Ridgewood, NJ, a close neighbor of my own town, has a wonderful Fourth of July tradition. Beginning on July first, in anticipation of the parade on the fourth, people begin setting chairs by the roadside of the parade route. They mark their spot with molded plastic seats, beach chairs, wooden ones... anything you can imagine. But here's the thing: Nobody touches them. I drive by every day, and see the same chairs in the same places. Nothing gets moved, nothing gets stolen or vandalized. It is remarkable.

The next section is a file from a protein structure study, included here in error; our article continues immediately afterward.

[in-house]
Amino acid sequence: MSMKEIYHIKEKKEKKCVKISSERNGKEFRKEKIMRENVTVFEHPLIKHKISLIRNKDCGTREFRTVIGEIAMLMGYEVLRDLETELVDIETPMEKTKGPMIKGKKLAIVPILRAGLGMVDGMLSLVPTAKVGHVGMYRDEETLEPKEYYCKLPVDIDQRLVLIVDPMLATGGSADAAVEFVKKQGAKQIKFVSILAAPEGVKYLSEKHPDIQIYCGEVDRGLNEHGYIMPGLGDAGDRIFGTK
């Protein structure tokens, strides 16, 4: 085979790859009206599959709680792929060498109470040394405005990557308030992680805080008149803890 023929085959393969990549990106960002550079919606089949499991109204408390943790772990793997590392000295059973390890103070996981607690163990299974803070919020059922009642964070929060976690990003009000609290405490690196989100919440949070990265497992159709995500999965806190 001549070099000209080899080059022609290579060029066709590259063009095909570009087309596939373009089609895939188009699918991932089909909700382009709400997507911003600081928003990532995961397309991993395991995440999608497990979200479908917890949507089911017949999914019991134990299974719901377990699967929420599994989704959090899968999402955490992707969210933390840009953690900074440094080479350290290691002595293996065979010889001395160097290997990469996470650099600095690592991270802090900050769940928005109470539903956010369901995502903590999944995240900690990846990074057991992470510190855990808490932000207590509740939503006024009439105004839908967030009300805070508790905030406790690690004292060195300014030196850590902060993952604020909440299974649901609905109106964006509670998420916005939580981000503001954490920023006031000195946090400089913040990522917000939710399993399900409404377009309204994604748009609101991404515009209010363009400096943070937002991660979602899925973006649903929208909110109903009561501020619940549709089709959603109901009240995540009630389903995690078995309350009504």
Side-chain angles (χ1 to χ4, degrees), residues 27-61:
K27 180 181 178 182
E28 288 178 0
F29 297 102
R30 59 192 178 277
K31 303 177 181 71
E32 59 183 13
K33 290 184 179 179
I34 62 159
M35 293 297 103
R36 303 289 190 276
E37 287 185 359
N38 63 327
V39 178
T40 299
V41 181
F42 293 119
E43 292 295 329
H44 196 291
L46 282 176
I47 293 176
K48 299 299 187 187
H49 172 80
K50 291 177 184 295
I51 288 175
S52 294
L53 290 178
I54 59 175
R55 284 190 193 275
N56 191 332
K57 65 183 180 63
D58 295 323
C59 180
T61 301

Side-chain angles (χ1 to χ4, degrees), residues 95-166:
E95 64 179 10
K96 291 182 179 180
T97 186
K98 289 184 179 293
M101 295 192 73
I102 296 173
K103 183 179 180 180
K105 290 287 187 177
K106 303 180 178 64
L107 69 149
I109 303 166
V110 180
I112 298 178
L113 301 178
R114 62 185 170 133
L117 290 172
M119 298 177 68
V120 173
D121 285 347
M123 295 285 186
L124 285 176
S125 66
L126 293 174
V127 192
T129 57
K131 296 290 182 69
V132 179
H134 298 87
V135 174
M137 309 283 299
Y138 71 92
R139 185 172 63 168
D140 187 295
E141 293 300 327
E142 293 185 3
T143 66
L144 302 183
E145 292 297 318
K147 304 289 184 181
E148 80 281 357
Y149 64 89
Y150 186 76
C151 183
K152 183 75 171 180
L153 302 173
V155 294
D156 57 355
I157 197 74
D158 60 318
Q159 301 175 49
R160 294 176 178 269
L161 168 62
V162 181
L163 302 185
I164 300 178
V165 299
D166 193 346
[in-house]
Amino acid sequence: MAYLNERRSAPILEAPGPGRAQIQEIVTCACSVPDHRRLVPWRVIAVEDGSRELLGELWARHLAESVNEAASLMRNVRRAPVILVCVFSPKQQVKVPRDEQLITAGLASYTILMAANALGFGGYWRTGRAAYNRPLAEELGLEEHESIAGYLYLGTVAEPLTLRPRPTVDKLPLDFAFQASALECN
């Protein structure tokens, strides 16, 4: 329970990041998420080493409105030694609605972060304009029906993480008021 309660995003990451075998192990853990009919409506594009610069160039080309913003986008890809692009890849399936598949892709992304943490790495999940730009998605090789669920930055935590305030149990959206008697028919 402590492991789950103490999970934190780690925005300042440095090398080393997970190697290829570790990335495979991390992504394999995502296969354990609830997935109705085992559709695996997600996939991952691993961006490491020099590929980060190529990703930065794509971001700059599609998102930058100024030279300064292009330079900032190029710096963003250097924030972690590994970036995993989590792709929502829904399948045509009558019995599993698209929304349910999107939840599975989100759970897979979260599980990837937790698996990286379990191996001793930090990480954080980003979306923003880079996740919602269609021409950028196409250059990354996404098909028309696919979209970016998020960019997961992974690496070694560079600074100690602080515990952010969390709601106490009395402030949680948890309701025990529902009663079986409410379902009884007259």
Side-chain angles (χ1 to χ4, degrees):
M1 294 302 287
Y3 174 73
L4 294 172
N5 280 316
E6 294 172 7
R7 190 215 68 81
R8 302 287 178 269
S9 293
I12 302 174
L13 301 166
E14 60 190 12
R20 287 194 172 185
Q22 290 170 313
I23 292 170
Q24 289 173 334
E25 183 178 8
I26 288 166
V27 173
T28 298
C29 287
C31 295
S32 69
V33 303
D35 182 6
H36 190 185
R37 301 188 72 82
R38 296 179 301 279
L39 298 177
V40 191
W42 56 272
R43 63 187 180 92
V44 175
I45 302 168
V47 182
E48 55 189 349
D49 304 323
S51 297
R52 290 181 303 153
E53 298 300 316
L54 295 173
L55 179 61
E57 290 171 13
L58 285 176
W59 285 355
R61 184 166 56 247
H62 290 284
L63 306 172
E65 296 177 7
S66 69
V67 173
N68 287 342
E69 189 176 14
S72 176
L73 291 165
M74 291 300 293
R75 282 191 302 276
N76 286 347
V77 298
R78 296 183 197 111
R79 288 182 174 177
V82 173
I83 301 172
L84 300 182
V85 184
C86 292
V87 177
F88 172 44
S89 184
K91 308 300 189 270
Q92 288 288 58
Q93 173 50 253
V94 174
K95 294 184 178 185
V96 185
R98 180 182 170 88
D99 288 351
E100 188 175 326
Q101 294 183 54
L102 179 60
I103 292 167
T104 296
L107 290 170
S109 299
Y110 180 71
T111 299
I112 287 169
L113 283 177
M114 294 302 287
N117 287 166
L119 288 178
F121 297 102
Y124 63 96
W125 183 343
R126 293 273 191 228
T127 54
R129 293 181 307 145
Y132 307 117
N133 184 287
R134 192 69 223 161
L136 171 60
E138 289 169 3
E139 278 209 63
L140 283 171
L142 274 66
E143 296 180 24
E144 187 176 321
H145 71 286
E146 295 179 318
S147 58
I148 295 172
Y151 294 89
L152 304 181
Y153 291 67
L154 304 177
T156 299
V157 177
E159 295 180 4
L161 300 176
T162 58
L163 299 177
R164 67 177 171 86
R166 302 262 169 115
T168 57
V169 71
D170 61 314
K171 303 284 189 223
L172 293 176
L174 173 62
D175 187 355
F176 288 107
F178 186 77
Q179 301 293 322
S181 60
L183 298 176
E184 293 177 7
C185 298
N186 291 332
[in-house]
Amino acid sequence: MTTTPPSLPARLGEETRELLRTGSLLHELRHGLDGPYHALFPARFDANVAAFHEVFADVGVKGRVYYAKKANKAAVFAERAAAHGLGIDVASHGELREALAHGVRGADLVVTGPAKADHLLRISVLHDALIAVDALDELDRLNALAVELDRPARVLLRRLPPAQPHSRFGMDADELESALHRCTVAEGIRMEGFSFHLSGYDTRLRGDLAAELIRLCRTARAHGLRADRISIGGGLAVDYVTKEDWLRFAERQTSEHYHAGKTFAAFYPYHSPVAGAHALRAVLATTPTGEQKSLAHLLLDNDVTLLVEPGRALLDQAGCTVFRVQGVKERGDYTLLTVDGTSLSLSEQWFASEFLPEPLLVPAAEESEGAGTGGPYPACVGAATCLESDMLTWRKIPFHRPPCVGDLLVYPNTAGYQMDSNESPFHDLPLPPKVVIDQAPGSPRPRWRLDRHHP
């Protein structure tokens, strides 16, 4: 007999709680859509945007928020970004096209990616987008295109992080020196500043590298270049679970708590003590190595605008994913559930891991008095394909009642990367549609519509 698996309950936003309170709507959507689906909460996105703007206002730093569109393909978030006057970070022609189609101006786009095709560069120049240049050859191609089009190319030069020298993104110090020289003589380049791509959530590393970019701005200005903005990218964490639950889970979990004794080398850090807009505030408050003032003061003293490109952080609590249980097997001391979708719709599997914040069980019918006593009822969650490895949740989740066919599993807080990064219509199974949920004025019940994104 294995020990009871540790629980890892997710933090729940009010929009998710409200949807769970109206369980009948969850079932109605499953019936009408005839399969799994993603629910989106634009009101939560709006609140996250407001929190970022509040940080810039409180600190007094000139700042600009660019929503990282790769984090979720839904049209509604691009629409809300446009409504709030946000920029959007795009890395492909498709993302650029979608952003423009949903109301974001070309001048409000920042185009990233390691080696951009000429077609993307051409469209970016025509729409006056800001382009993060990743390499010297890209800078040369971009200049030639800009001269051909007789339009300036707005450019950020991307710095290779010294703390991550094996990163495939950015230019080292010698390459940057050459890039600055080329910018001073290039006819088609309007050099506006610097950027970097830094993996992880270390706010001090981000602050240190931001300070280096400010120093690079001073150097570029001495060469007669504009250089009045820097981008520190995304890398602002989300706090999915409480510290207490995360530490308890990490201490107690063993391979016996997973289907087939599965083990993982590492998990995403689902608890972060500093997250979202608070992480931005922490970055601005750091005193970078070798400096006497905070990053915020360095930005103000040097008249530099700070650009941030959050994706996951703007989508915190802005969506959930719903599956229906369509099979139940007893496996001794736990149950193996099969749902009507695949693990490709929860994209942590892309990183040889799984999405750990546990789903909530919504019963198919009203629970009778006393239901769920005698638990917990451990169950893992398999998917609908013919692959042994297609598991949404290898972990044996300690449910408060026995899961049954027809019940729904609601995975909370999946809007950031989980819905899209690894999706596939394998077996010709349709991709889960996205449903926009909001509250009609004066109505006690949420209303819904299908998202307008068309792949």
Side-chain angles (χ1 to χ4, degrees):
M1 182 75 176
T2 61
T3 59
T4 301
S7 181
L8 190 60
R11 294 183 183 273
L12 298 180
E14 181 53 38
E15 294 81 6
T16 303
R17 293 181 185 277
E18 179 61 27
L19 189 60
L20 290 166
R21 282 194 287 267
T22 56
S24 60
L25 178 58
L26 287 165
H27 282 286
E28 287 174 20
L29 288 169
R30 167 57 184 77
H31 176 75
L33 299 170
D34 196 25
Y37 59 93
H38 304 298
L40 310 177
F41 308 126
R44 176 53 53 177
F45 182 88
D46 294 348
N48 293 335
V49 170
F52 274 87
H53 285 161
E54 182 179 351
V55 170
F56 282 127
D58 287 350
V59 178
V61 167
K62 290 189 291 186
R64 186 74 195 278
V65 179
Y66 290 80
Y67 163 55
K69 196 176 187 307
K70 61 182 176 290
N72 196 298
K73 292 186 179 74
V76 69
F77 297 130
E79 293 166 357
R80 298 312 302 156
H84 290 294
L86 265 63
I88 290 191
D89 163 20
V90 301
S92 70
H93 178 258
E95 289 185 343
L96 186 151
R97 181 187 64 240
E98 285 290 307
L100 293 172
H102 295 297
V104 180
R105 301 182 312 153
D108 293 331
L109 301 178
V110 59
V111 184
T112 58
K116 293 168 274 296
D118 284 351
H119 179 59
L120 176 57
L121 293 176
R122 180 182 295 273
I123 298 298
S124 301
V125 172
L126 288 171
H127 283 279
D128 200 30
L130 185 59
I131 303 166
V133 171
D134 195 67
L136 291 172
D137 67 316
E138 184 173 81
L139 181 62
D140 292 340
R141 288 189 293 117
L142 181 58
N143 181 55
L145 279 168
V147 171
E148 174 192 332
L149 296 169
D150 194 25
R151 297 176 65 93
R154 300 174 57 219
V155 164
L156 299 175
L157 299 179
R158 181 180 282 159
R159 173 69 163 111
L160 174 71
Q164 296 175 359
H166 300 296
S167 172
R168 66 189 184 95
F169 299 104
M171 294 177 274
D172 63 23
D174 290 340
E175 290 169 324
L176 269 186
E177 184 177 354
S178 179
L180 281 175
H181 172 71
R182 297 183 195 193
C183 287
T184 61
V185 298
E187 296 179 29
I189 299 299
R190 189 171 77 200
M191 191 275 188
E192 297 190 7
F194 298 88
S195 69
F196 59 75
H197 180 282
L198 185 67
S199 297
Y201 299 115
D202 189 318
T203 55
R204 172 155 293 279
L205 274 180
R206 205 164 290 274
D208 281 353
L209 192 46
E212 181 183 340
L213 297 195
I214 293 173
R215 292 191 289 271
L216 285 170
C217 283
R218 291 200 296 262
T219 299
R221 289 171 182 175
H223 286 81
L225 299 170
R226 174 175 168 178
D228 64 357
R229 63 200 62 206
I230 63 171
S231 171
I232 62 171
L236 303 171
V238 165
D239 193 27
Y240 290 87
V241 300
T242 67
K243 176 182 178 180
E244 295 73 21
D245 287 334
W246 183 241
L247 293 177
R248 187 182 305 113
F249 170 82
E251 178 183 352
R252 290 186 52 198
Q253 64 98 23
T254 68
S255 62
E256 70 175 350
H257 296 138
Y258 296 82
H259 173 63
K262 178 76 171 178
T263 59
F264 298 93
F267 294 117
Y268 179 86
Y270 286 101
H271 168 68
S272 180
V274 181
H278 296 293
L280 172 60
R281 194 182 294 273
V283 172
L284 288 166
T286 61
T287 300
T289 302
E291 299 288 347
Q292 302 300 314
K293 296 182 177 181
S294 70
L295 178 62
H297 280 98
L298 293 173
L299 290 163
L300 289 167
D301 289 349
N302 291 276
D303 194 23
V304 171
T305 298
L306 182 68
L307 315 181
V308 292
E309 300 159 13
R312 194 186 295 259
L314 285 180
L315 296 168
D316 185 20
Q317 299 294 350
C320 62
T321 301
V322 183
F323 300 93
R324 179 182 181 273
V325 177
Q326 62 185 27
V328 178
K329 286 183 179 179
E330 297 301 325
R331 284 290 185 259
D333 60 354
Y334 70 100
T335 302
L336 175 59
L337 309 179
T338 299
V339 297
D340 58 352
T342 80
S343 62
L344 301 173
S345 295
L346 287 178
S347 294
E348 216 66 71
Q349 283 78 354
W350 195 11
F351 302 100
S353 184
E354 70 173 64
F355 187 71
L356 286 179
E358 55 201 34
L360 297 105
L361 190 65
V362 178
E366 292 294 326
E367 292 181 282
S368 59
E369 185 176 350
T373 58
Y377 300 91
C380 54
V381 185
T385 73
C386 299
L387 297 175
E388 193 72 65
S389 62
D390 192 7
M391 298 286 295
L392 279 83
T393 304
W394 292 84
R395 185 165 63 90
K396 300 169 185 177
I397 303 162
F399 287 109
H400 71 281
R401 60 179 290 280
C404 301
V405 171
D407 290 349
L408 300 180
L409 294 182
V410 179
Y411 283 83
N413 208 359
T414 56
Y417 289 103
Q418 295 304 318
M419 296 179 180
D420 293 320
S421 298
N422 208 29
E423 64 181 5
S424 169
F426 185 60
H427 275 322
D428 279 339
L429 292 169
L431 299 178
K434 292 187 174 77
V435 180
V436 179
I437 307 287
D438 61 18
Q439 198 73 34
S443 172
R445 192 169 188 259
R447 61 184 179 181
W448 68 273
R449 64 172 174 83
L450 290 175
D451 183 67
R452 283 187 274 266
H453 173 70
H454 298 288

I do not want to be cynical, and I really hate it when I find myself tending to it. Even so, we're not so far from urban areas here. Expectations of small-town neighborliness and respect are fairly low. Yet every year, in this lovely (and, admittedly, wealthy) town, the chairs are set out in advance. It reminds me of my childhood, and makes me wonder what this country must have been like years and years ago... Perhaps this is silly, but I really wish that I could know what it was live in a more innocent time. I realize there have always been terrible things and unscrupulous and horrible people. I know. But I will allow I am looking at this through the golden gauze of nostalgia, and it makes everything soft and lovely.